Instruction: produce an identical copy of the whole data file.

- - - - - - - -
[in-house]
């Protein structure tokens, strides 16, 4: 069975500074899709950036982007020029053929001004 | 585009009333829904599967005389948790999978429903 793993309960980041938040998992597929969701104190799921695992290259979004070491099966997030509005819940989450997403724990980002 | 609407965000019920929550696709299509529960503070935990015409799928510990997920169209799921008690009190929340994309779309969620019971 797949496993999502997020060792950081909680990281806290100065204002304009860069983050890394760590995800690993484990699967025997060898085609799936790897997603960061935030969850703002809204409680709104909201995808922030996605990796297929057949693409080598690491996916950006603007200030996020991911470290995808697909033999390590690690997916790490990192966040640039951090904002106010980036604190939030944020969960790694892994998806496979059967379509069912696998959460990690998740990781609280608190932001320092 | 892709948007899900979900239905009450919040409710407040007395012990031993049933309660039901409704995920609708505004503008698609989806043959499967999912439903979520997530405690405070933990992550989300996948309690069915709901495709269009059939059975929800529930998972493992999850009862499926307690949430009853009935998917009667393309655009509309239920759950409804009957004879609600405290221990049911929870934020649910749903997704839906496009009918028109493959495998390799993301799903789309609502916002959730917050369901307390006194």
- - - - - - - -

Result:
[in-house]
């Protein structure tokens, strides 16, 4: 069975500074899709950036982007020029053929001004 | 585009009333829904599967005389948790999978429903 793993309960980041938040998992597929969701104190799921695992290259979004070491099966997030509005819940989450997403724990980002 | 609407965000019920929550696709299509529960503070935990015409799928510990997920169209799921008690009190929340994309779309969620019971 797949496993999502997020060792950081909680990281806290100065204002304009860069983050890394760590995800690993484990699967025997060898085609799936790897997603960061935030969850703002809204409680709104909201995808922030996605990796297929057949693409080598690491996916950006603007200030996020991911470290995808697909033999390590690690997916790490990192966040640039951090904002106010980036604190939030944020969960790694892994998806496979059967379509069912696998959460990690998740990781609280608190932001320092 | 892709948007899900979900239905009450919040409710407040007395012990031993049933309660039901409704995920609708505004503008698609989806043959499967999912439903979520997530405690405070933990992550989300996948309690069915709901495709269009059939059975929800529930998972493992999850009862499926307690949430009853009935998917009667393309655009509309239920759950409804009957004879609600405290221990049911929870934020649910749903997704839906496009009918028109493959495998390799993301799903789309609502916002959730917050369901307390006194």